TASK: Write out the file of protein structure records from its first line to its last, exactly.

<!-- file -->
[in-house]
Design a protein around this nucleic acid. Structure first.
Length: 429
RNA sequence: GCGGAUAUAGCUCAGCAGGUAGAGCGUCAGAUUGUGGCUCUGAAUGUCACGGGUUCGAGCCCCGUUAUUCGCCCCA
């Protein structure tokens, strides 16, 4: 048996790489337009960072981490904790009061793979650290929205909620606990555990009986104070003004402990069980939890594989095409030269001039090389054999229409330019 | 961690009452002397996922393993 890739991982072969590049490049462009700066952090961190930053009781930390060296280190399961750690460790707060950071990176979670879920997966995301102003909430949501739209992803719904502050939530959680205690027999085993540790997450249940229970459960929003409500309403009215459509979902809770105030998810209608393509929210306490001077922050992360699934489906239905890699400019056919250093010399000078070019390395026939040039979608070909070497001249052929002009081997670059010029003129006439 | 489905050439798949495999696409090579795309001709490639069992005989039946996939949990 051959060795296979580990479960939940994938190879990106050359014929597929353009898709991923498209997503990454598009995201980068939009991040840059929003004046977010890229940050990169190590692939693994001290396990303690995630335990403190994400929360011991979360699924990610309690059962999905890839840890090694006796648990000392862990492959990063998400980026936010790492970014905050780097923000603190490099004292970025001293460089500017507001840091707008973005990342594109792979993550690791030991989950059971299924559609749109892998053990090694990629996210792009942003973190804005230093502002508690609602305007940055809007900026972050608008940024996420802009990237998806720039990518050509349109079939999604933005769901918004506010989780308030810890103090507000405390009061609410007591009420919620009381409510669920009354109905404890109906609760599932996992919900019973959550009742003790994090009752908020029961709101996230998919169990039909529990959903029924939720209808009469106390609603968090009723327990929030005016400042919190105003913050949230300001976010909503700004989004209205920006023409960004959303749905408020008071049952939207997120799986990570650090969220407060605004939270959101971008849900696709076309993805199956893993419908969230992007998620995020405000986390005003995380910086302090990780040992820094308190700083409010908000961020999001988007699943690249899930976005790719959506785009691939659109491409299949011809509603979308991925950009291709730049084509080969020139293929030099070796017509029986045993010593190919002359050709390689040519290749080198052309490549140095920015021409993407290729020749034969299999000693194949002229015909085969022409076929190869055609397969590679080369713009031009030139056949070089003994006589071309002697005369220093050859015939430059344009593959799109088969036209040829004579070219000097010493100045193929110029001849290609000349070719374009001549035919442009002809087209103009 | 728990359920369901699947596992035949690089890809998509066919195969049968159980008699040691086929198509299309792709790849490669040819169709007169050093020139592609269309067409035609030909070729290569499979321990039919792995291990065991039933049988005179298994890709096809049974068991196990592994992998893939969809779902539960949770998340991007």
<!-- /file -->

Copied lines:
[in-house]
Design a protein around this nucleic acid. Structure first.
Length: 429
RNA sequence: GCGGAUAUAGCUCAGCAGGUAGAGCGUCAGAUUGUGGCUCUGAAUGUCACGGGUUCGAGCCCCGUUAUUCGCCCCA
């Protein structure tokens, strides 16, 4: 048996790489337009960072981490904790009061793979650290929205909620606990555990009986104070003004402990069980939890594989095409030269001039090389054999229409330019 | 961690009452002397996922393993 890739991982072969590049490049462009700066952090961190930053009781930390060296280190399961750690460790707060950071990176979670879920997966995301102003909430949501739209992803719904502050939530959680205690027999085993540790997450249940229970459960929003409500309403009215459509979902809770105030998810209608393509929210306490001077922050992360699934489906239905890699400019056919250093010399000078070019390395026939040039979608070909070497001249052929002009081997670059010029003129006439 | 489905050439798949495999696409090579795309001709490639069992005989039946996939949990 051959060795296979580990479960939940994938190879990106050359014929597929353009898709991923498209997503990454598009995201980068939009991040840059929003004046977010890229940050990169190590692939693994001290396990303690995630335990403190994400929360011991979360699924990610309690059962999905890839840890090694006796648990000392862990492959990063998400980026936010790492970014905050780097923000603190490099004292970025001293460089500017507001840091707008973005990342594109792979993550690791030991989950059971299924559609749109892998053990090694990629996210792009942003973190804005230093502002508690609602305007940055809007900026972050608008940024996420802009990237998806720039990518050509349109079939999604933005769901918004506010989780308030810890103090507000405390009061609410007591009420919620009381409510669920009354109905404890109906609760599932996992919900019973959550009742003790994090009752908020029961709101996230998919169990039909529990959903029924939720209808009469106390609603968090009723327990929030005016400042919190105003913050949230300001976010909503700004989004209205920006023409960004959303749905408020008071049952939207997120799986990570650090969220407060605004939270959101971008849900696709076309993805199956893993419908969230992007998620995020405000986390005003995380910086302090990780040992820094308190700083409010908000961020999001988007699943690249899930976005790719959506785009691939659109491409299949011809509603979308991925950009291709730049084509080969020139293929030099070796017509029986045993010593190919002359050709390689040519290749080198052309490549140095920015021409993407290729020749034969299999000693194949002229015909085969022409076929190869055609397969590679080369713009031009030139056949070089003994006589071309002697005369220093050859015939430059344009593959799109088969036209040829004579070219000097010493100045193929110029001849290609000349070719374009001549035919442009002809087209103009 | 728990359920369901699947596992035949690089890809998509066919195969049968159980008699040691086929198509299309792709790849490669040819169709007169050093020139592609269309067409035609030909070729290569499979321990039919792995291990065991039933049988005179298994890709096809049974068991196990592994992998893939969809779902539960949770998340991007």